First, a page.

11 November 2014: An innovative approach to coastal erosion has been developed over the past two years as part of the coastal Ecosystem-based Adaptation project, which is implemented by the Secretariat of the Pacific Regional Environment Programme (SPREP) and funded by the Australian Government.
The approach, which aims to strengthen and rehabilitate beaches in the Pacific island region, has now been tested in the Talihau community in Vava'u, Tonga.
The beach rehabilitation guidelines and strategies have already been tested in Kiribati, Samoa and Vanuatu. They are designed to limit and, where possible, halt erosion on beaches in the region, and will, hopefully, be able to reverse the damage that has already occurred and increase coastal resilience to the impacts of sea-level rise.
The interventions are intended to be cost-effective, achievable and easily managed by local communities. In Vava'u, for example, representatives from all levels of government worked with community members to protect the degraded Talihau Paradise Beach from further erosion. The community of Talihau will continue to oversee the maintenance of the beach with assistance from the Tongan Ministry of Environment and the Vava'u Environmental Protection Association.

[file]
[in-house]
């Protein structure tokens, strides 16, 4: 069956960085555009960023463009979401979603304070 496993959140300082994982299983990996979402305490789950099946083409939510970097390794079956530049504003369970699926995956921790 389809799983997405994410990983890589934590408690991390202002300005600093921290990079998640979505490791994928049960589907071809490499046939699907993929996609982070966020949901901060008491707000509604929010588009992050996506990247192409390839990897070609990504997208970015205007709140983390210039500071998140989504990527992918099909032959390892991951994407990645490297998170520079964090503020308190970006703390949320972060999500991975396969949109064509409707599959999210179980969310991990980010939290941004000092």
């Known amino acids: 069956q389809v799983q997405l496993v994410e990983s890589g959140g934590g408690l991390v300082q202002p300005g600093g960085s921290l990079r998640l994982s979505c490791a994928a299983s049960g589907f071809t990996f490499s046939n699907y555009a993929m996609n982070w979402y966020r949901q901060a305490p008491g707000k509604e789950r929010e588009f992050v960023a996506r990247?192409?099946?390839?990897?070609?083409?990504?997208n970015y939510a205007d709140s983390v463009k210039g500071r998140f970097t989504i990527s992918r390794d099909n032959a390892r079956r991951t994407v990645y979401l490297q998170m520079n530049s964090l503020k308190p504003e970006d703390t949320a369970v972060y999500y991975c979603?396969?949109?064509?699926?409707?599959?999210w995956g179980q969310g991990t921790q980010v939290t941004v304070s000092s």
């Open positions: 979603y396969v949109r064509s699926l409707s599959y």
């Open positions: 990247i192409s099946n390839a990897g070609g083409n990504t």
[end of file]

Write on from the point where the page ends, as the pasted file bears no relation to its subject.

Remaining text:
SPREP's Paul Anderson said that an assessment of the beach confirmed that human impacts were negatively impacting on the beach, with only six mature trees and no evidence of new growth, an indication of degradation caused by trampling from humans and animals. He discussed specific interventions, including fencing to prevent livestock from damaging beachside vegetation, preventing the mooring of boats on degraded areas, and talking to the community about the damaging impact of sand mining. Other interventions included replanting coastal vegetation and creating brush protection mats to build up the volume of sand. [SPREP News] More